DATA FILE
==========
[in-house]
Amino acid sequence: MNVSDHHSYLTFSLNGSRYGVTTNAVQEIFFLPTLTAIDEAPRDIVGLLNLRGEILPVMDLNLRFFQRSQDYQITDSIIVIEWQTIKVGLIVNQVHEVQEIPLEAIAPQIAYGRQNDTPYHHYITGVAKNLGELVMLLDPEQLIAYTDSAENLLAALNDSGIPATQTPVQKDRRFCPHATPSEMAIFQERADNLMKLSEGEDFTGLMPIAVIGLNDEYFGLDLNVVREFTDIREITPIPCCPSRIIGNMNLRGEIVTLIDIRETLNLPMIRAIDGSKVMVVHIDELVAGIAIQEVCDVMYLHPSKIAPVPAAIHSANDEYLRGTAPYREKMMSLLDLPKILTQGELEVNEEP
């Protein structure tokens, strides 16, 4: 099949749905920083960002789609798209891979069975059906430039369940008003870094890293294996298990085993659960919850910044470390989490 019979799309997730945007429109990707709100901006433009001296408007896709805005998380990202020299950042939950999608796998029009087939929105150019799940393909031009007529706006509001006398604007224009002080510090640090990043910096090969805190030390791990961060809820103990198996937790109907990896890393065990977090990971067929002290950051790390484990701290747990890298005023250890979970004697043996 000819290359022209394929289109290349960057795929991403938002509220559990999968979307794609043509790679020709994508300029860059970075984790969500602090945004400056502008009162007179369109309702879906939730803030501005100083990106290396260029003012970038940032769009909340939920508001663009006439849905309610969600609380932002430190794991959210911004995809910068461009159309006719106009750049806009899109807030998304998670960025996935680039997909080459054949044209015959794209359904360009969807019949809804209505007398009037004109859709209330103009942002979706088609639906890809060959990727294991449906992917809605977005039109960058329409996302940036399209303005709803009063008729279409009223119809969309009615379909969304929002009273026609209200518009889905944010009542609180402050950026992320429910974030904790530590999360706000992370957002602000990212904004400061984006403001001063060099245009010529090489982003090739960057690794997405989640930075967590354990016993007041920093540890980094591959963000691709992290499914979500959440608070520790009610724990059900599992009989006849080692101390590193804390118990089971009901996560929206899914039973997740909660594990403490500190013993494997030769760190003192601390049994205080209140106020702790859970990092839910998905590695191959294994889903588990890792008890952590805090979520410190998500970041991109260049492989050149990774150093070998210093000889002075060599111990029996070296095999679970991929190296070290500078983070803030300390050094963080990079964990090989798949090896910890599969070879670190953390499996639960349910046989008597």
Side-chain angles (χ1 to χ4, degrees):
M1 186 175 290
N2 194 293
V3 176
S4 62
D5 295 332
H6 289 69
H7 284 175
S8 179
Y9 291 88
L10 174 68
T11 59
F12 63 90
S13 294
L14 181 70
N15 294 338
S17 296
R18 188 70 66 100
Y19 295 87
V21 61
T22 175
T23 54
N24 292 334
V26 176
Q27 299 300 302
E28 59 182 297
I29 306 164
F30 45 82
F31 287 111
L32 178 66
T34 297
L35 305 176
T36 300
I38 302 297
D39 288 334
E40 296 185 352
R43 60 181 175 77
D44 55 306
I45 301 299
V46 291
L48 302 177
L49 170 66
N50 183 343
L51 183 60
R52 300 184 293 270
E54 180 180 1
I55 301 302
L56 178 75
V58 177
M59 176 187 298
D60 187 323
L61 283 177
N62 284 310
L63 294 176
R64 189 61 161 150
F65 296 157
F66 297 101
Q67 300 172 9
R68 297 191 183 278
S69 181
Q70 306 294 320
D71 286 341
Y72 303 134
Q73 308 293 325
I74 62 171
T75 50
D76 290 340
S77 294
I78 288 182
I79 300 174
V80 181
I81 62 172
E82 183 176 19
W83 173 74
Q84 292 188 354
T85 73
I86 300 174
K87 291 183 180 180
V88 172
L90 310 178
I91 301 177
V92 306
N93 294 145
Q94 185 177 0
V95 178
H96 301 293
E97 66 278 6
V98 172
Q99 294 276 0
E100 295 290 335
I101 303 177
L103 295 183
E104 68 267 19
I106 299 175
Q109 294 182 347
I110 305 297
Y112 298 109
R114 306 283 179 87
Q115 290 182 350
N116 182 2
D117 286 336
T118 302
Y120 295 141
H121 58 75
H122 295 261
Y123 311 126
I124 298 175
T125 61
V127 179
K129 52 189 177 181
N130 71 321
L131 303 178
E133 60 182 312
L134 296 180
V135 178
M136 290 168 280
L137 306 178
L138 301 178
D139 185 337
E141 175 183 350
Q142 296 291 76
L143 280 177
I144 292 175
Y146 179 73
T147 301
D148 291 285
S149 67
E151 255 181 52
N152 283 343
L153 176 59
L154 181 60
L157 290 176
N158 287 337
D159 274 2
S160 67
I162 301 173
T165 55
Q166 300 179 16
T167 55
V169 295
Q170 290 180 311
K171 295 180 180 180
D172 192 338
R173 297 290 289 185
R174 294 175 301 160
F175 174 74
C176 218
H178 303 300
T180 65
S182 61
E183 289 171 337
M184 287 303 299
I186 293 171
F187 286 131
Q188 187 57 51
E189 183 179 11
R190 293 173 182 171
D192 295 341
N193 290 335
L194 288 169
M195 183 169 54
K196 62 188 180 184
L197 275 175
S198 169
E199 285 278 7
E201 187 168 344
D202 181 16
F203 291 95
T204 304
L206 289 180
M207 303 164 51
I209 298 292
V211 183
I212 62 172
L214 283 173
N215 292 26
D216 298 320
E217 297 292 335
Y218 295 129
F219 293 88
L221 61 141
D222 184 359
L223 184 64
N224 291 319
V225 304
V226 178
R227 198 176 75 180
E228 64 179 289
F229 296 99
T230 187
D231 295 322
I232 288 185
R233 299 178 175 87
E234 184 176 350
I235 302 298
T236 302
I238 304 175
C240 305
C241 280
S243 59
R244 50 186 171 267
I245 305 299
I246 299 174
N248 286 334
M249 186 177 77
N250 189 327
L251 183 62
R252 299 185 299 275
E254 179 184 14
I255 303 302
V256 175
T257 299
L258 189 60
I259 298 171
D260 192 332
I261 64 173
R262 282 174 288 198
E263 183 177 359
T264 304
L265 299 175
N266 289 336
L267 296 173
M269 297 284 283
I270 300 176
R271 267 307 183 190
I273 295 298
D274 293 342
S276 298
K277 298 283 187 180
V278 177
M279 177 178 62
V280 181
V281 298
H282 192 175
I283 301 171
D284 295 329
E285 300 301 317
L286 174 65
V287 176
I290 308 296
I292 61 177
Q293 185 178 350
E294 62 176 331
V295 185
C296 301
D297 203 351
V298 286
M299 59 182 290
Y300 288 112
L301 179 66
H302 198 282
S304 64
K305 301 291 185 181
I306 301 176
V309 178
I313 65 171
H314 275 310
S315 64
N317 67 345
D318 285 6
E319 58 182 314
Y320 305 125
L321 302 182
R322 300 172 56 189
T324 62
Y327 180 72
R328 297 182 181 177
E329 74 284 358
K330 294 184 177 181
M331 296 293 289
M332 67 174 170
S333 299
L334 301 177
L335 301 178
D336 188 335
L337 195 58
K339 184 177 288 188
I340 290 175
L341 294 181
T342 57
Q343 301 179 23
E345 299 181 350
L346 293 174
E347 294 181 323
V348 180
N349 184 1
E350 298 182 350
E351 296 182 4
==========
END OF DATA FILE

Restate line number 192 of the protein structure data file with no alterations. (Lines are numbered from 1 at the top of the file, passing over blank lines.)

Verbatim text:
F229 296 99